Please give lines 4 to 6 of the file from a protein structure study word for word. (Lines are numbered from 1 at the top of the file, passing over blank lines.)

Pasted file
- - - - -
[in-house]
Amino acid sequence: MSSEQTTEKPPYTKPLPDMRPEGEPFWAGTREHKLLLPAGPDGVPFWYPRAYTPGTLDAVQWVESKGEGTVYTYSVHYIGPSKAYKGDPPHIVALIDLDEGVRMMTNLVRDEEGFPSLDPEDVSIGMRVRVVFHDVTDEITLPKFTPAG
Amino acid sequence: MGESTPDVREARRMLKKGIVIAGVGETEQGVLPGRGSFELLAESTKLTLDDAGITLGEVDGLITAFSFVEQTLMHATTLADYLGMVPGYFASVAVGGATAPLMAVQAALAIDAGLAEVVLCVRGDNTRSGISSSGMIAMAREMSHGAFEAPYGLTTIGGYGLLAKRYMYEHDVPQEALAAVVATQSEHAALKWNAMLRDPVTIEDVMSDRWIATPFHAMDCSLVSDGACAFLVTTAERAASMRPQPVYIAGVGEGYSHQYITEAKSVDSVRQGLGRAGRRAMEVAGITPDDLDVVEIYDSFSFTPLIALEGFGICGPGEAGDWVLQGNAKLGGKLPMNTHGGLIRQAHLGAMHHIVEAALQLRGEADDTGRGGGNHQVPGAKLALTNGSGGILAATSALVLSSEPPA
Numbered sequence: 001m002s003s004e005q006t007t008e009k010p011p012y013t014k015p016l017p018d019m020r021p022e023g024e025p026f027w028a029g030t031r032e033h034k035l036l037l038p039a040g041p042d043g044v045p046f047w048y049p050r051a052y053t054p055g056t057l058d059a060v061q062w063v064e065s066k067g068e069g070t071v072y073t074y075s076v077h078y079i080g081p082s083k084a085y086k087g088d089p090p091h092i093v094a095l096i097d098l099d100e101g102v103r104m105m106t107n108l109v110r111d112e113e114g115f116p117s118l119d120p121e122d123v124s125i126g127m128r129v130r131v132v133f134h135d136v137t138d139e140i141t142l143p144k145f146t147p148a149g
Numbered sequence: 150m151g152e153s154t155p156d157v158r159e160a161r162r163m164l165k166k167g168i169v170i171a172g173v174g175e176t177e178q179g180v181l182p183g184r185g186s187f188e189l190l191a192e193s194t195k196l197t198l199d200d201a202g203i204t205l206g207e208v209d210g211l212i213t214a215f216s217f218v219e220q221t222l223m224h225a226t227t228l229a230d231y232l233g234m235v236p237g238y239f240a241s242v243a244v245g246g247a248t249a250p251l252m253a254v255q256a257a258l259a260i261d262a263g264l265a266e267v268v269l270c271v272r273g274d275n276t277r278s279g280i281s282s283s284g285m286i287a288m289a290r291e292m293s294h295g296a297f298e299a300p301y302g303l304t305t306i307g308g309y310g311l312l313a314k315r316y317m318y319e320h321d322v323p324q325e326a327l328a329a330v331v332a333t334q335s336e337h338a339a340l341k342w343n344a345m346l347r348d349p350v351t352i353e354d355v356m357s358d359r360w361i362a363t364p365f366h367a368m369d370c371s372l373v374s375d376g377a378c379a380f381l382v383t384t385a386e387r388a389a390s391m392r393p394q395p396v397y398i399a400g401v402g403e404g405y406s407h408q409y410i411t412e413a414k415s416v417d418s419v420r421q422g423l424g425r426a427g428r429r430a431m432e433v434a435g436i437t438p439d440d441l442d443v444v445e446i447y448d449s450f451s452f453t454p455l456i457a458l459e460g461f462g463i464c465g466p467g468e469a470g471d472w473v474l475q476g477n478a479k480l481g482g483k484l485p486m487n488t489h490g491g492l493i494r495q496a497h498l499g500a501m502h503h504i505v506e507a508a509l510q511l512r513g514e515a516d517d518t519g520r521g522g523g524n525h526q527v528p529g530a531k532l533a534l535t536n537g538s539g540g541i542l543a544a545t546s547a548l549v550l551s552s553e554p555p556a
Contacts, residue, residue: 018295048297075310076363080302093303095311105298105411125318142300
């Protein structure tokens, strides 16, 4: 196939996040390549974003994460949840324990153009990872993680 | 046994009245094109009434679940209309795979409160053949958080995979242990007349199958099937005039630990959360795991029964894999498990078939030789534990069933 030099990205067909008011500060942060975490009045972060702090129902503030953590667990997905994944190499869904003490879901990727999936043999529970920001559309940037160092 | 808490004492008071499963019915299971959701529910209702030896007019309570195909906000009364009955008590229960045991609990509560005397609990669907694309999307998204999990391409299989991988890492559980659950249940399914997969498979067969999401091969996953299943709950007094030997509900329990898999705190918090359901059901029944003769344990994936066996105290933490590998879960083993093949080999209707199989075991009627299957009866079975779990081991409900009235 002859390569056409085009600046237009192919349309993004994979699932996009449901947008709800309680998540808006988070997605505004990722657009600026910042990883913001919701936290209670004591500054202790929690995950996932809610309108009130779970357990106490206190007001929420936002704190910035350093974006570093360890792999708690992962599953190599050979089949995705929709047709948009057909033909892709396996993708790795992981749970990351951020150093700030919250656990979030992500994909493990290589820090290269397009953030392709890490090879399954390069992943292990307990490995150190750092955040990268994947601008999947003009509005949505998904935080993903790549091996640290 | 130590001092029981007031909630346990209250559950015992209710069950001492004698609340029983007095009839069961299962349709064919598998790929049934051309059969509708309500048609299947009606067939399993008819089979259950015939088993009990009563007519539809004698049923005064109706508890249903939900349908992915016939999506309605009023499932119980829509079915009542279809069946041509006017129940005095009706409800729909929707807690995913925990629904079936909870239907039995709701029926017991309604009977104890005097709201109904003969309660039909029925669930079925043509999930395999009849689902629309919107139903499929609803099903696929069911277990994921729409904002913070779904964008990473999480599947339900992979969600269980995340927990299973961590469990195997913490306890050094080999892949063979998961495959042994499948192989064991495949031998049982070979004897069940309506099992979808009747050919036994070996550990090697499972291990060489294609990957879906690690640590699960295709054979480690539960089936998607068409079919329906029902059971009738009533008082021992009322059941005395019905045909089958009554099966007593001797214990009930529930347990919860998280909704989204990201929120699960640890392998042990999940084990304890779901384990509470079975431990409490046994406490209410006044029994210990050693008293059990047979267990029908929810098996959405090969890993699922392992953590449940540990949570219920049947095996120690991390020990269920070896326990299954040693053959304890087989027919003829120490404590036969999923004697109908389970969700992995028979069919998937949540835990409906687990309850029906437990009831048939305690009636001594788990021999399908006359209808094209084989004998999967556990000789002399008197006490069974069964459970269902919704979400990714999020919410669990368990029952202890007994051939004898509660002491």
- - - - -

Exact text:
Numbered sequence: 001m002s003s004e005q006t007t008e009k010p011p012y013t014k015p016l017p018d019m020r021p022e023g024e025p026f027w028a029g030t031r032e033h034k035l036l037l038p039a040g041p042d043g044v045p046f047w048y049p050r051a052y053t054p055g056t057l058d059a060v061q062w063v064e065s066k067g068e069g070t071v072y073t074y075s076v077h078y079i080g081p082s083k084a085y086k087g088d089p090p091h092i093v094a095l096i097d098l099d100e101g102v103r104m105m106t107n108l109v110r111d112e113e114g115f116p117s118l119d120p121e122d123v124s125i126g127m128r129v130r131v132v133f134h135d136v137t138d139e140i141t142l143p144k145f146t147p148a149g
Numbered sequence: 150m151g152e153s154t155p156d157v158r159e160a161r162r163m164l165k166k167g168i169v170i171a172g173v174g175e176t177e178q179g180v181l182p183g184r185g186s187f188e189l190l191a192e193s194t195k196l197t198l199d200d201a202g203i204t205l206g207e208v209d210g211l212i213t214a215f216s217f218v219e220q221t222l223m224h225a226t227t228l229a230d231y232l233g234m235v236p237g238y239f240a241s242v243a244v245g246g247a248t249a250p251l252m253a254v255q256a257a258l259a260i261d262a263g264l265a266e267v268v269l270c271v272r273g274d275n276t277r278s279g280i281s282s283s284g285m286i287a288m289a290r291e292m293s294h295g296a297f298e299a300p301y302g303l304t305t306i307g308g309y310g311l312l313a314k315r316y317m318y319e320h321d322v323p324q325e326a327l328a329a330v331v332a333t334q335s336e337h338a339a340l341k342w343n344a345m346l347r348d349p350v351t352i353e354d355v356m357s358d359r360w361i362a363t364p365f366h367a368m369d370c371s372l373v374s375d376g377a378c379a380f381l382v383t384t385a386e387r388a389a390s391m392r393p394q395p396v397y398i399a400g401v402g403e404g405y406s407h408q409y410i411t412e413a414k415s416v417d418s419v420r421q422g423l424g425r426a427g428r429r430a431m432e433v434a435g436i437t438p439d440d441l442d443v444v445e446i447y448d449s450f451s452f453t454p455l456i457a458l459e460g461f462g463i464c465g466p467g468e469a470g471d472w473v474l475q476g477n478a479k480l481g482g483k484l485p486m487n488t489h490g491g492l493i494r495q496a497h498l499g500a501m502h503h504i505v506e507a508a509l510q511l512r513g514e515a516d517d518t519g520r521g522g523g524n525h526q527v528p529g530a531k532l533a534l535t536n537g538s539g540g541i542l543a544a545t546s547a548l549v550l551s552s553e554p555p556a
Contacts, residue, residue: 018295048297075310076363080302093303095311105298105411125318142300